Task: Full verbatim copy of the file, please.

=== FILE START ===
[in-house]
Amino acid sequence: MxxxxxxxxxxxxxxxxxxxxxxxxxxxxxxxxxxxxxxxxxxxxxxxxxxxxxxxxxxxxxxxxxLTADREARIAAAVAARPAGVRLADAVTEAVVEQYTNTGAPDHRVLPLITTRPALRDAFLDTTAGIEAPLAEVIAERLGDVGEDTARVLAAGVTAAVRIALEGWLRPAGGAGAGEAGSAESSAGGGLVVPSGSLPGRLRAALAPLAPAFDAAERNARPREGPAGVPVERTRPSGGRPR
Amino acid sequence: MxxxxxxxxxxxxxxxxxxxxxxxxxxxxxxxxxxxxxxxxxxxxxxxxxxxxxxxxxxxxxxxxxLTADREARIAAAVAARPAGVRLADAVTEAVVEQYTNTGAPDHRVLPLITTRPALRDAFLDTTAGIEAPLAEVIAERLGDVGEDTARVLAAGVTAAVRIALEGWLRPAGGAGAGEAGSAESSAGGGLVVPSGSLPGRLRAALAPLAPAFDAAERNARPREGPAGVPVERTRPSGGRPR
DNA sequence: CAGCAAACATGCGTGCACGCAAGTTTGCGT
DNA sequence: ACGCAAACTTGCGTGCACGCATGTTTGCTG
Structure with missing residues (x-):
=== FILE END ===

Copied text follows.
[in-house]
Amino acid sequence: MxxxxxxxxxxxxxxxxxxxxxxxxxxxxxxxxxxxxxxxxxxxxxxxxxxxxxxxxxxxxxxxxxLTADREARIAAAVAARPAGVRLADAVTEAVVEQYTNTGAPDHRVLPLITTRPALRDAFLDTTAGIEAPLAEVIAERLGDVGEDTARVLAAGVTAAVRIALEGWLRPAGGAGAGEAGSAESSAGGGLVVPSGSLPGRLRAALAPLAPAFDAAERNARPREGPAGVPVERTRPSGGRPR
Amino acid sequence: MxxxxxxxxxxxxxxxxxxxxxxxxxxxxxxxxxxxxxxxxxxxxxxxxxxxxxxxxxxxxxxxxxLTADREARIAAAVAARPAGVRLADAVTEAVVEQYTNTGAPDHRVLPLITTRPALRDAFLDTTAGIEAPLAEVIAERLGDVGEDTARVLAAGVTAAVRIALEGWLRPAGGAGAGEAGSAESSAGGGLVVPSGSLPGRLRAALAPLAPAFDAAERNARPREGPAGVPVERTRPSGGRPR
DNA sequence: CAGCAAACATGCGTGCACGCAAGTTTGCGT
DNA sequence: ACGCAAACTTGCGTGCACGCATGTTTGCTG
Structure with missing residues (x-):